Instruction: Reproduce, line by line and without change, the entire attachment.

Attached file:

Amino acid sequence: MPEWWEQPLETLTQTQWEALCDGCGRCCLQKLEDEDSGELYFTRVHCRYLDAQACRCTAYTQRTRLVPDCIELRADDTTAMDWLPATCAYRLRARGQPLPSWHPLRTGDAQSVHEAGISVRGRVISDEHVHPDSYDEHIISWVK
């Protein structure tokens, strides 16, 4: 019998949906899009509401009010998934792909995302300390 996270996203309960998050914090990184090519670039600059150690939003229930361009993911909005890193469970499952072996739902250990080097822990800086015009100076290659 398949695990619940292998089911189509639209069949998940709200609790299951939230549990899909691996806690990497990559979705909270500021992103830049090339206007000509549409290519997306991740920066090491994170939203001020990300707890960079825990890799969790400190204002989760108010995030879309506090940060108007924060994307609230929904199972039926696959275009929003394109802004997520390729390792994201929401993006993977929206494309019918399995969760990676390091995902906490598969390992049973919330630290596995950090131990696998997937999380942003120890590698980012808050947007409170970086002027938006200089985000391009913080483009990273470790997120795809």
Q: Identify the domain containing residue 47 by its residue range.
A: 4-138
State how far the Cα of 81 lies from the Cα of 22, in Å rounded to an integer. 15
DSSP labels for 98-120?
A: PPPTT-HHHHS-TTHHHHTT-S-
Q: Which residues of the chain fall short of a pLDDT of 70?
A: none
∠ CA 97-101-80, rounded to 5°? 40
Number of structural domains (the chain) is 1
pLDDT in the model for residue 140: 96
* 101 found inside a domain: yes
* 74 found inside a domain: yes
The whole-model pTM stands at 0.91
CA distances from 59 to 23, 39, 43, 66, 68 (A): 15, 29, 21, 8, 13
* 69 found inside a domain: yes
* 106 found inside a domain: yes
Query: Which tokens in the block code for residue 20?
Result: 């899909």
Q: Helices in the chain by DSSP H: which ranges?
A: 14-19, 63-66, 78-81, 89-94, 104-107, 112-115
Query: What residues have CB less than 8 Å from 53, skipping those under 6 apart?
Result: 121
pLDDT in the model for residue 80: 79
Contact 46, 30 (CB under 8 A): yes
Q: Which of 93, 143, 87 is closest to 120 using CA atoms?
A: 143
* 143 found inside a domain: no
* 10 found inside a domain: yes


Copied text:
Amino acid sequence: MPEWWEQPLETLTQTQWEALCDGCGRCCLQKLEDEDSGELYFTRVHCRYLDAQACRCTAYTQRTRLVPDCIELRADDTTAMDWLPATCAYRLRARGQPLPSWHPLRTGDAQSVHEAGISVRGRVISDEHVHPDSYDEHIISWVK
């Protein structure tokens, strides 16, 4: 019998949906899009509401009010998934792909995302300390 996270996203309960998050914090990184090519670039600059150690939003229930361009993911909005890193469970499952072996739902250990080097822990800086015009100076290659 398949695990619940292998089911189509639209069949998940709200609790299951939230549990899909691996806690990497990559979705909270500021992103830049090339206007000509549409290519997306991740920066090491994170939203001020990300707890960079825990890799969790400190204002989760108010995030879309506090940060108007924060994307609230929904199972039926696959275009929003394109802004997520390729390792994201929401993006993977929206494309019918399995969760990676390091995902906490598969390992049973919330630290596995950090131990696998997937999380942003120890590698980012808050947007409170970086002027938006200089985000391009913080483009990273470790997120795809």
Q: Identify the domain containing residue 47 by its residue range.
A: 4-138
State how far the Cα of 81 lies from the Cα of 22, in Å rounded to an integer. 15
DSSP labels for 98-120?
A: PPPTT-HHHHS-TTHHHHTT-S-
Q: Which residues of the chain fall short of a pLDDT of 70?
A: none
∠ CA 97-101-80, rounded to 5°? 40
Number of structural domains (the chain) is 1
pLDDT in the model for residue 140: 96
* 101 found inside a domain: yes
* 74 found inside a domain: yes
The whole-model pTM stands at 0.91
CA distances from 59 to 23, 39, 43, 66, 68 (A): 15, 29, 21, 8, 13
* 69 found inside a domain: yes
* 106 found inside a domain: yes
Query: Which tokens in the block code for residue 20?
Result: 């899909």
Q: Helices in the chain by DSSP H: which ranges?
A: 14-19, 63-66, 78-81, 89-94, 104-107, 112-115
Query: What residues have CB less than 8 Å from 53, skipping those under 6 apart?
Result: 121
pLDDT in the model for residue 80: 79
Contact 46, 30 (CB under 8 A): yes
Q: Which of 93, 143, 87 is closest to 120 using CA atoms?
A: 143
* 143 found inside a domain: no
* 10 found inside a domain: yes